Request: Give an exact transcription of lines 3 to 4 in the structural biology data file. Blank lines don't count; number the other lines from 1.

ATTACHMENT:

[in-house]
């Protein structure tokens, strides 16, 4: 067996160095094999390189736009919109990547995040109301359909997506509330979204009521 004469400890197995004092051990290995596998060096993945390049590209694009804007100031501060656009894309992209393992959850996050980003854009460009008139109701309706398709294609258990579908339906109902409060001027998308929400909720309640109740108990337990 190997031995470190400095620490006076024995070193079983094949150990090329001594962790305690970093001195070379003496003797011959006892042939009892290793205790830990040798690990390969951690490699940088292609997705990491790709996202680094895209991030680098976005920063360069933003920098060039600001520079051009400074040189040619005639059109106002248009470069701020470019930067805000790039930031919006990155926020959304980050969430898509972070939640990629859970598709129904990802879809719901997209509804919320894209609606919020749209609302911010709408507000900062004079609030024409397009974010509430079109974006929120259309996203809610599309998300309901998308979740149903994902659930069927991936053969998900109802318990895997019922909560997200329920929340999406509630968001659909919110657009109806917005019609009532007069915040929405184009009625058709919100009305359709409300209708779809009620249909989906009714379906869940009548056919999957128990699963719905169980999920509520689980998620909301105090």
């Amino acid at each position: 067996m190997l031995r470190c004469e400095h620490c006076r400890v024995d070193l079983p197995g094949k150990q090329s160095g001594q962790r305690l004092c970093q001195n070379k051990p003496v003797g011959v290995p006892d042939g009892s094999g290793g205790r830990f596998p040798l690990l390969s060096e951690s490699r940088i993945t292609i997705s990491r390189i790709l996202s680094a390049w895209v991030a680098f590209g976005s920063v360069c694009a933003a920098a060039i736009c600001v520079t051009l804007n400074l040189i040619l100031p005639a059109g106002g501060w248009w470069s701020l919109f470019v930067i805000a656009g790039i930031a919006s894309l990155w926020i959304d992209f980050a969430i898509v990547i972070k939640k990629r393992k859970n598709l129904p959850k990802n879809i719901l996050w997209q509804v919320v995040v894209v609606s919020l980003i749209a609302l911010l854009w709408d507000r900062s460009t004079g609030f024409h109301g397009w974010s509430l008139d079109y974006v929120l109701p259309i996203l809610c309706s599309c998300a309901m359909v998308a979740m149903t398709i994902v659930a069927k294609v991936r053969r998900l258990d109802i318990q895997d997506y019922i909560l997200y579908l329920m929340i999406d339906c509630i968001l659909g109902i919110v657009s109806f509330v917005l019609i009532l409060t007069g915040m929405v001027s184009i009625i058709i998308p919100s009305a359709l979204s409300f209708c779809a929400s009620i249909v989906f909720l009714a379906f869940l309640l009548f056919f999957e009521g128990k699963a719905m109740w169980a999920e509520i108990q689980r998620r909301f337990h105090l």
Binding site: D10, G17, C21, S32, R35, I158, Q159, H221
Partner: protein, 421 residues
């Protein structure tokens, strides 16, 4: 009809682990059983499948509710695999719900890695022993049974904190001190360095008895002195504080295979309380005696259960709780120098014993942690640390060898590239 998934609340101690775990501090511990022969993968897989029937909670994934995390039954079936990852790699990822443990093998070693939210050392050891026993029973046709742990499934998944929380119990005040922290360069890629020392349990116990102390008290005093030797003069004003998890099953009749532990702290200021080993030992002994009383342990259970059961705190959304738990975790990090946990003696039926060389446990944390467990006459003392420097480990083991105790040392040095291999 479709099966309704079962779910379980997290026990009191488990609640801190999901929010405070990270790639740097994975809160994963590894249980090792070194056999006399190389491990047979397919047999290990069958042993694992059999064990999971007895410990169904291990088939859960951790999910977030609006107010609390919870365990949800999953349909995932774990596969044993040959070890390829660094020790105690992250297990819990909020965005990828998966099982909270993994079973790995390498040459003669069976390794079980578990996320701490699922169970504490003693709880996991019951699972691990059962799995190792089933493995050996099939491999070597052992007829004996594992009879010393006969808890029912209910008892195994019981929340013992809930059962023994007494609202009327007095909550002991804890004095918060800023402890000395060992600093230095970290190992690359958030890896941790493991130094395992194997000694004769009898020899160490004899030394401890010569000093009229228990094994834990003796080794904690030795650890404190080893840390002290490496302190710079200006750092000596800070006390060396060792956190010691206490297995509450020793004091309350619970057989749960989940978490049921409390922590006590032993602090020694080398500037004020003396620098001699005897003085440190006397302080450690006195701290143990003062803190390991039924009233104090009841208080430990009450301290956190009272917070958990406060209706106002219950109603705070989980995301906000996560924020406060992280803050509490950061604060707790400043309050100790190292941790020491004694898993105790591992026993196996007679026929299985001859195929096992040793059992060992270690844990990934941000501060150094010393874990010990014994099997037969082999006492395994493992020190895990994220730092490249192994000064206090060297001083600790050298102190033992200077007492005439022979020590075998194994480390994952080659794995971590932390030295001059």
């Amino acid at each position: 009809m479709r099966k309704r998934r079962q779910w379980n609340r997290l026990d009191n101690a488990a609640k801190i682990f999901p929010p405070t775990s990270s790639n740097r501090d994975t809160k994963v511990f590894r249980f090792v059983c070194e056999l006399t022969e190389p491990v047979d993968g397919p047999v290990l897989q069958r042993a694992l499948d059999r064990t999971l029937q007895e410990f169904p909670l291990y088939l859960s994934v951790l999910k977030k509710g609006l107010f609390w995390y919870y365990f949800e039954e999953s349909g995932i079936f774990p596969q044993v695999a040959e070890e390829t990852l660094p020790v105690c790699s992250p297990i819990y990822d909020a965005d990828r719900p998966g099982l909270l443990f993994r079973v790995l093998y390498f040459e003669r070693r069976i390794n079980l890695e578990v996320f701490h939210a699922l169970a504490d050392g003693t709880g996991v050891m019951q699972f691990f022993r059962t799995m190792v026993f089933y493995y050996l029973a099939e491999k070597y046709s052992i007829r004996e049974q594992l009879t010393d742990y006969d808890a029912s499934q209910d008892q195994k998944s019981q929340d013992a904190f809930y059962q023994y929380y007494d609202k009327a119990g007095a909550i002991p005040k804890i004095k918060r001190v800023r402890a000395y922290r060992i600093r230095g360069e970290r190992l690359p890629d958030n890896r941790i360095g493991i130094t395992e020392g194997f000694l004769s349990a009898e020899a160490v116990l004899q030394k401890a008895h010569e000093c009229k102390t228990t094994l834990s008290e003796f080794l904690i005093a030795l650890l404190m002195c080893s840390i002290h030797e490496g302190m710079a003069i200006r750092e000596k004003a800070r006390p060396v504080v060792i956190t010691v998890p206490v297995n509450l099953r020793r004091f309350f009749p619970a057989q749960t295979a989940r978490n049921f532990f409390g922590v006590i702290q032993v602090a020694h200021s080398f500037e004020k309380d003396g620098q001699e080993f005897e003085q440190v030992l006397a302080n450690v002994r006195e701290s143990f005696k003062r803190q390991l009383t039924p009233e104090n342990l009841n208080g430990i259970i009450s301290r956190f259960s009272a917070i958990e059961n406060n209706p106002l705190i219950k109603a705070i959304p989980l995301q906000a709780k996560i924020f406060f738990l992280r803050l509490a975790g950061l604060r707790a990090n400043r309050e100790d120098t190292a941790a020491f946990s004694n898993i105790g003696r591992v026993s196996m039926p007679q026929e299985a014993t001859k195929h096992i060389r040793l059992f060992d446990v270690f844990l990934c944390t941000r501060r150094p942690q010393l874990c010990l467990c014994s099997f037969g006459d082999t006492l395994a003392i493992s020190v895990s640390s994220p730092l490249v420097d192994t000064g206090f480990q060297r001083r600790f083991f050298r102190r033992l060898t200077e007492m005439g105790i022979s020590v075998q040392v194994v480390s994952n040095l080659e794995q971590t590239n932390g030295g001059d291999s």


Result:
């Amino acid at each position: 067996m190997l031995r470190c004469e400095h620490c006076r400890v024995d070193l079983p197995g094949k150990q090329s160095g001594q962790r305690l004092c970093q001195n070379k051990p003496v003797g011959v290995p006892d042939g009892s094999g290793g205790r830990f596998p040798l690990l390969s060096e951690s490699r940088i993945t292609i997705s990491r390189i790709l996202s680094a390049w895209v991030a680098f590209g976005s920063v360069c694009a933003a920098a060039i736009c600001v520079t051009l804007n400074l040189i040619l100031p005639a059109g106002g501060w248009w470069s701020l919109f470019v930067i805000a656009g790039i930031a919006s894309l990155w926020i959304d992209f980050a969430i898509v990547i972070k939640k990629r393992k859970n598709l129904p959850k990802n879809i719901l996050w997209q509804v919320v995040v894209v609606s919020l980003i749209a609302l911010l854009w709408d507000r900062s460009t004079g609030f024409h109301g397009w974010s509430l008139d079109y974006v929120l109701p259309i996203l809610c309706s599309c998300a309901m359909v998308a979740m149903t398709i994902v659930a069927k294609v991936r053969r998900l258990d109802i318990q895997d997506y019922i909560l997200y579908l329920m929340i999406d339906c509630i968001l659909g109902i919110v657009s109806f509330v917005l019609i009532l409060t007069g915040m929405v001027s184009i009625i058709i998308p919100s009305a359709l979204s409300f209708c779809a929400s009620i249909v989906f909720l009714a379906f869940l309640l009548f056919f999957e009521g128990k699963a719905m109740w169980a999920e509520i108990q689980r998620r909301f337990h105090l």
Binding site: D10, G17, C21, S32, R35, I158, Q159, H221